Hope Floats



Ariel En­gle has come into her own as a singer and song­writer with La Force. The project, born out of her pre­vi­ous col­lab­o­ra­tion with hus­band An­drew White­man, AroarA, and recorded at the same time as Bro­ken So­cial Scene’s Hug of Thun­der, sees her ce­ment her power as a vo­cal­ist and lyri­cist. La Force cap­tures En­gle’s sin­gu­lar en­ergy, as she mines grief while si­mul­ta­ne­ously re­flect­ing on all she has to be grate­ful for. Son­i­cally, the al­bum fea­tures drone, rhythm-driven tracks and the full range of En­gle’s voice. Ten­sion and melody jux­ta­pose against each other on “TBT,” its rhythm only break­ing down to al­low for the full­ness of her voice to cen­tre in the mu­sic.

Min­i­mal, warm ar­range­ments suit En­gle’s voice as much as lush and full ones do. “Lucky One” ex­udes beauty, as she re­minds her­self: “Heart, be calm, be calm about it all / ’Cause we used to get ob­sessed,” while ef­fort­less gui­tar joins her in melody. “Mama Papa” floats, slowly grow­ing from its first quiet lines to beau­ti­ful sax­o­phone ac­com­pa­ni­ment. Her voice weaves be­tween bass, beats and at­mo­spher­ics that re­call early Bro­ken So­cial Scene, while still stand­ing apart from it. Through­out, one can feel the con­fi­dence in En­gle’s voice and con­vic­tion in her words. Within the dense nine tracks of La Force, En­gle is vul­ner­a­ble FOLK

La Force

while see­ing beyond her­self — “I don’t have to know, I feel.” The birth of La Force proves En­gle as an artist deeply at­tuned to her emo­tional land­scape. (Arts & Crafts, www.arts-crafts.ca)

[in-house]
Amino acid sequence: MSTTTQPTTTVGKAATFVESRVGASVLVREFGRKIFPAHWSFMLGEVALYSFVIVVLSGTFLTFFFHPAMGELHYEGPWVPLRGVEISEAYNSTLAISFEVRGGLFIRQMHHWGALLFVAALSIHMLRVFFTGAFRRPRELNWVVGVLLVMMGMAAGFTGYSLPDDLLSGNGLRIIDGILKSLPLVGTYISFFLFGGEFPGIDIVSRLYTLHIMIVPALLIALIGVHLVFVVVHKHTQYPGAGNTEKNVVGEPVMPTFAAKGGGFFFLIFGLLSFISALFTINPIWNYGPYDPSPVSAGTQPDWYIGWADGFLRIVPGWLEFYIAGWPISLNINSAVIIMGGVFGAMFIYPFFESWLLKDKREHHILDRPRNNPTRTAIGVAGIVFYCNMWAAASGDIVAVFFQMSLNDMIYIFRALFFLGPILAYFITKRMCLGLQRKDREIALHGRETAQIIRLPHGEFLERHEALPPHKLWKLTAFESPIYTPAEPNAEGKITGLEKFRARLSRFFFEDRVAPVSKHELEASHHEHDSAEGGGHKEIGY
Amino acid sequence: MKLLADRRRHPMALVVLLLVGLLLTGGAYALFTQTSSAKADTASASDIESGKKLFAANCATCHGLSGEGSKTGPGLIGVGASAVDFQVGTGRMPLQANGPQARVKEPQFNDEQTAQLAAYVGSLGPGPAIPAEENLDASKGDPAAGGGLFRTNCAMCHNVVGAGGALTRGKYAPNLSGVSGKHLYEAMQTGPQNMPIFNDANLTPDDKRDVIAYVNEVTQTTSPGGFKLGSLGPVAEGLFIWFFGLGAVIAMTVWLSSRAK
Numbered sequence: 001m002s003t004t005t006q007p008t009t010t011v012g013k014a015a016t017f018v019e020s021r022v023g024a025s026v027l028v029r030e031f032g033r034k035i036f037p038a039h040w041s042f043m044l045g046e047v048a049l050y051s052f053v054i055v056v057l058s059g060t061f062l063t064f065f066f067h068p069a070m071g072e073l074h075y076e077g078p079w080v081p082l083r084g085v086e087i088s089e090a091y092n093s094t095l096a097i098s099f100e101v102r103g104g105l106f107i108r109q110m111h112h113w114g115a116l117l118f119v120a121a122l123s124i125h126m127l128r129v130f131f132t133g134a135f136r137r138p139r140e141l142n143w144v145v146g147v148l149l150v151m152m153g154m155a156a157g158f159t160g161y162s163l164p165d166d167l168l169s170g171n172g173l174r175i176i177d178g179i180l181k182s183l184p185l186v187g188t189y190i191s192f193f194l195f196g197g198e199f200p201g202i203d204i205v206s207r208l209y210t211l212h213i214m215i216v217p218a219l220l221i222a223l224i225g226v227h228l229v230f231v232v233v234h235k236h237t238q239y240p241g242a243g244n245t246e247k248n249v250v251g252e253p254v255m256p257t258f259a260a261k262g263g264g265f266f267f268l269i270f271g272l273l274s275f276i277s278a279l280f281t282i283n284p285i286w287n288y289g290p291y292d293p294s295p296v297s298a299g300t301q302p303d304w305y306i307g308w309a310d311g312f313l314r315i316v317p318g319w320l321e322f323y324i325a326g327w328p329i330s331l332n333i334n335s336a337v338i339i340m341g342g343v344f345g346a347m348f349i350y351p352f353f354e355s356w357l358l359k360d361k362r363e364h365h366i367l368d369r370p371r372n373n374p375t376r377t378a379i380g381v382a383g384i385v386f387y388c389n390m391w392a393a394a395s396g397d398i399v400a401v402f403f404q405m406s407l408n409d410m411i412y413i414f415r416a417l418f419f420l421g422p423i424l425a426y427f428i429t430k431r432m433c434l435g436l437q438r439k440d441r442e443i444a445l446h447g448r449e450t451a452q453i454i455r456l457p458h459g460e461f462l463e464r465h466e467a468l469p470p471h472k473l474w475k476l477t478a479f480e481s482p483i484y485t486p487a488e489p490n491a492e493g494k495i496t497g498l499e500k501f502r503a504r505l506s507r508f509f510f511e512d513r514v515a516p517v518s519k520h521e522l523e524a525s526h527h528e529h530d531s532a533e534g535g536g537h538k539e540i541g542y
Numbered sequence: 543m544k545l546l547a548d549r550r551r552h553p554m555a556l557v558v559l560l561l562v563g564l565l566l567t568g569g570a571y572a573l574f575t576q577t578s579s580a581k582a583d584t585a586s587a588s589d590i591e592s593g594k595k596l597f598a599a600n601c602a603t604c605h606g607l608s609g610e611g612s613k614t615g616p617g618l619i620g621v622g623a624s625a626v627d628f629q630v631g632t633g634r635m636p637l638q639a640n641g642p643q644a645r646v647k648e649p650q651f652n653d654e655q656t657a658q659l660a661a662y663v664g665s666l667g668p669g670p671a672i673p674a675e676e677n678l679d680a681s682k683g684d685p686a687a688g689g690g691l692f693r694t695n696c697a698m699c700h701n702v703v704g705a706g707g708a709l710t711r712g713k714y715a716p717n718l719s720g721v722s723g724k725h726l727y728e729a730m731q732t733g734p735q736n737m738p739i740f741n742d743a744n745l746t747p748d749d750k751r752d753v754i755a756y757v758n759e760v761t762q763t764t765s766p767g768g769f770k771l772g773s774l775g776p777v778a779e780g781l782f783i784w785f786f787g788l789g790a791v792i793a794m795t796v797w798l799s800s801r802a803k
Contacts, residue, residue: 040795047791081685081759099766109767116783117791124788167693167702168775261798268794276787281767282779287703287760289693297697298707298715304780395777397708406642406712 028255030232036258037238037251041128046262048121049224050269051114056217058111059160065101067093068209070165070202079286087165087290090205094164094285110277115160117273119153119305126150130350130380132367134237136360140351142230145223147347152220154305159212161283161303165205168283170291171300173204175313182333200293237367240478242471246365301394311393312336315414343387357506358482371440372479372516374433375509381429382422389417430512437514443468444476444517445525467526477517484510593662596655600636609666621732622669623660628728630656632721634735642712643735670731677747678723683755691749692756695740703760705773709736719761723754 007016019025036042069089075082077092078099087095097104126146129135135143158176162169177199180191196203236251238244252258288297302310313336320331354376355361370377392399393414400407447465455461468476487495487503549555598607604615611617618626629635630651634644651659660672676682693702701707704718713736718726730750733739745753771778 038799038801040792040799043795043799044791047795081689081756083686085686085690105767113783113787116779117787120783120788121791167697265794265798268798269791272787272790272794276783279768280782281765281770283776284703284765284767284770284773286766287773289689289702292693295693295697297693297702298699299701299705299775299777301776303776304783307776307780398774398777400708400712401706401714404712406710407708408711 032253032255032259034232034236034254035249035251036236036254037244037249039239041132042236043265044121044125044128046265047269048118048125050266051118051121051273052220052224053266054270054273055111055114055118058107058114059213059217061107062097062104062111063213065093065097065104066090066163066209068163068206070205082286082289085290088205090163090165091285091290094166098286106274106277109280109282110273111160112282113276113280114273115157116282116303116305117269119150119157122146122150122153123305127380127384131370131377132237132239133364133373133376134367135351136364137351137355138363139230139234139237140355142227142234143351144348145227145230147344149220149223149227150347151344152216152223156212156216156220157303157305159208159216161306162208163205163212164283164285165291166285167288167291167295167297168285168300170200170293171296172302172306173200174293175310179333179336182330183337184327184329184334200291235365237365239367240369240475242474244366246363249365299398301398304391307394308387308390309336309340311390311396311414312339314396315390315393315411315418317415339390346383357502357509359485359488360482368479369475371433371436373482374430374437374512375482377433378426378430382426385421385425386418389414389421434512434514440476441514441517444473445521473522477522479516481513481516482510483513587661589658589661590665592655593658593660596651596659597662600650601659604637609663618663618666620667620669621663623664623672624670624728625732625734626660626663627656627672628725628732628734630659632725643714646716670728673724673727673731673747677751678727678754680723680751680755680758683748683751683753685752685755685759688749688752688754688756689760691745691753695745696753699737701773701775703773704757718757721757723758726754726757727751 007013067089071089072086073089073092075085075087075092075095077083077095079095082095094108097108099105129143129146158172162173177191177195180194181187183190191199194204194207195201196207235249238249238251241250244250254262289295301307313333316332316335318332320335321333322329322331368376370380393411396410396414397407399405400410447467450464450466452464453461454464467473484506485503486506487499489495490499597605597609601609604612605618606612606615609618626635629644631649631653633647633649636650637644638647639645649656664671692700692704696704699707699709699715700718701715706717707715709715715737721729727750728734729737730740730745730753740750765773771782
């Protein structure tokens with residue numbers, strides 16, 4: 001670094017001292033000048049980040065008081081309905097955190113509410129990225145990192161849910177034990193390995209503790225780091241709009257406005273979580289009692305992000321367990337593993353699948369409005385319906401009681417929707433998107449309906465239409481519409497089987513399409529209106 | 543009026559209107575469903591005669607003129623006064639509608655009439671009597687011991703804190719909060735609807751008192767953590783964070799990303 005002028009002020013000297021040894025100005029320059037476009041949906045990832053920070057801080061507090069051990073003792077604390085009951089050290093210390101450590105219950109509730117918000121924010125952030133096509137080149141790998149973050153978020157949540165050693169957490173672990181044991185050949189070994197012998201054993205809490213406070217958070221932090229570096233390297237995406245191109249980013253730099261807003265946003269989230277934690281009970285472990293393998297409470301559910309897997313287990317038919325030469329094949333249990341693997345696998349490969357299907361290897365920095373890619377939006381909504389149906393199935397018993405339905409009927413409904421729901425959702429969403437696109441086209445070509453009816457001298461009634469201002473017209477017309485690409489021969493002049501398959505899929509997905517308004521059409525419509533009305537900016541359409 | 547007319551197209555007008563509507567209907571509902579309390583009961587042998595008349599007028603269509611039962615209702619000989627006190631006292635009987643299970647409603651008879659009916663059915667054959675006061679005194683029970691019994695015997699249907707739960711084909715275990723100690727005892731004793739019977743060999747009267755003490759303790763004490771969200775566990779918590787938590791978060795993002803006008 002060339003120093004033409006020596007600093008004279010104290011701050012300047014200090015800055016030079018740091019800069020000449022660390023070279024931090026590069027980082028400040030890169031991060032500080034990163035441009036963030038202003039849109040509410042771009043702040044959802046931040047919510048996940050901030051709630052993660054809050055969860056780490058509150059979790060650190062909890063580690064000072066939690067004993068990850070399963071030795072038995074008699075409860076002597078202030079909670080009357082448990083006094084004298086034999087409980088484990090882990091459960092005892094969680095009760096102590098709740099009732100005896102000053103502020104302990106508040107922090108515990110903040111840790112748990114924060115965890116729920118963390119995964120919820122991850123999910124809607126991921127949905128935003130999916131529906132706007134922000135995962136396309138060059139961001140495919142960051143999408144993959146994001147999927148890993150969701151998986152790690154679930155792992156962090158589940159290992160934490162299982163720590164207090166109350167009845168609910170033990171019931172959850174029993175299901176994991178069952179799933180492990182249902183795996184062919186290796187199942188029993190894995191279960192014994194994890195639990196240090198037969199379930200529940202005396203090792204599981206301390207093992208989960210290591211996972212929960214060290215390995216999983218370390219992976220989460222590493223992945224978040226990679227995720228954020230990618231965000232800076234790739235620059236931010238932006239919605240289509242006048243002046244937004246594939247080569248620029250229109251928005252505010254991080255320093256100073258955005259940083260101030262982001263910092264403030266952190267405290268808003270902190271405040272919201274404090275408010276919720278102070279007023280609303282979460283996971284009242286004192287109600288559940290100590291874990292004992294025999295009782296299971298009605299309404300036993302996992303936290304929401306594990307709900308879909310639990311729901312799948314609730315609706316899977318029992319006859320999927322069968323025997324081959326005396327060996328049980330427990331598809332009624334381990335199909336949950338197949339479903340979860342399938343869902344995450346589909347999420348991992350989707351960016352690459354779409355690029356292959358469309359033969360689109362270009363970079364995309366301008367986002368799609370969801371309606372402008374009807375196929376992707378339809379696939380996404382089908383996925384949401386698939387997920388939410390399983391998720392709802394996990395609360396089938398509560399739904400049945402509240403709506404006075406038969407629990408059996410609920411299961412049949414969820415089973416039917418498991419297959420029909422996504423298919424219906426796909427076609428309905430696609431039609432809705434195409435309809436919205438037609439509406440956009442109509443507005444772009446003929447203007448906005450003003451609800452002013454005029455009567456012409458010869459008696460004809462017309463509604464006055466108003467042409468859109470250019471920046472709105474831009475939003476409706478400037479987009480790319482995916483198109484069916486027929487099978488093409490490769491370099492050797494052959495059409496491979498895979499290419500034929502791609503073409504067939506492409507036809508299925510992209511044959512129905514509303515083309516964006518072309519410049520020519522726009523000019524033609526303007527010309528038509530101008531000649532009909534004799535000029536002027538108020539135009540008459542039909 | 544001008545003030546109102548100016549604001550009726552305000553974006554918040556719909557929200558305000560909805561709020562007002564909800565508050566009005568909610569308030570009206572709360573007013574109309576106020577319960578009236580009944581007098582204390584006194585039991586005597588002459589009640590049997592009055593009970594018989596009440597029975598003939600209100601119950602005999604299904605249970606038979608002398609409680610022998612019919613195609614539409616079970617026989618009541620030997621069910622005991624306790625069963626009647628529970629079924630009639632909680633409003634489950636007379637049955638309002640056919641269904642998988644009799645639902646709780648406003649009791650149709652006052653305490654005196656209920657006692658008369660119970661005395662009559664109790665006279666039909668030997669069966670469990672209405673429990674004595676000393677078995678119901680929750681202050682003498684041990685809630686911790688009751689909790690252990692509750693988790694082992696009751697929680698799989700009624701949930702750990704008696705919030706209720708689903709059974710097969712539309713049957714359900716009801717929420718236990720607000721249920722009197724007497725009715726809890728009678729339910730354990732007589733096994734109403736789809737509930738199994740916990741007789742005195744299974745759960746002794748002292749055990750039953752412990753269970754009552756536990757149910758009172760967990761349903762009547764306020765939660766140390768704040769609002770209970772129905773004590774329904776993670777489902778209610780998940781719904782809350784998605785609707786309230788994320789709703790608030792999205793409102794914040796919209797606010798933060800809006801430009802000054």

How did ma­jor life ex­pe­ri­ences in­flu­ence mak­ing this record?

It’s one coin. It’s the fragility of life in how it’s fleet­ing and also, of life force. I just felt like I was both the crest of the wave and at the bot­tom of the ocean, si­mul­ta­ne­ously. So I think the record deals with those themes, be­cause that’s where I was. And peo­ple say, “Write what you know,” and that’s what I knew. I still feel it, I’m still in a form of it, but I think maybe the peaks and val­leys are a lit­tle more level than they were at the time.

How did you cre­ate songs that are vul­ner­a­ble with­out be­ing overly re­veal­ing?

I wanted to be hon­est with­out feel­ing like you were walk­ing into my di­ary. I don’t keep a di­ary, but it doesn’t have to be ev­ery­thing. One of the songs that I was pretty ex­cited about was “The Tide,” be­cause I am re­ally at­tracted to, and I hope to in fu­ture, make mu­sic that’s more trancey and about get­ting into a state of mind, rather than song struc­ture. One high­light is “Un­mak­ing the Bed,” whose marimba and pit-pat per­cus­sion are low-key and wink­ingly play­ful on the verses, be­fore burst­ing into an­themic and at­mo­spheric cho­ruses. “Root Sys­tems,” mean­while, fea­tures rat­tlesnake-like per­cus­sion along with haunt­ing cello that evoke the tense am­biance of a spaghetti western. Other tracks are more straight­for­ward in terms of fore­front in­stru­ments, while still boast­ing plenty of at­mos­phere, in­clud­ing “In a Cer­tain Light,” whose banjo plucks are taken straight from a deep South back porch, and “The Real Work,” which fea­tures moan­ing strings and res­o­lute, am­biance-build­ing pi­ano notes. Still, many of the most mem­o­rable mo­ments on this al­bum oc­cur when typ­i­cally clas­si­cal or jazz in­stru­ments get woven into Dekker’s folk ta­pes­try. By in­cor­po­rat­ing those el­e­ments, Dekker re­news Great Lake Swim­mers’ sound while still re­tain­ing the at­mo­spheric singing and sub­tle yet in­tri­cate gui­tar play­ing that are quin­tes­sen­tial to the band. It’s a tricky bal­ance, but Dekker and his sprawl­ing team of con­trib­u­tors pull it off with

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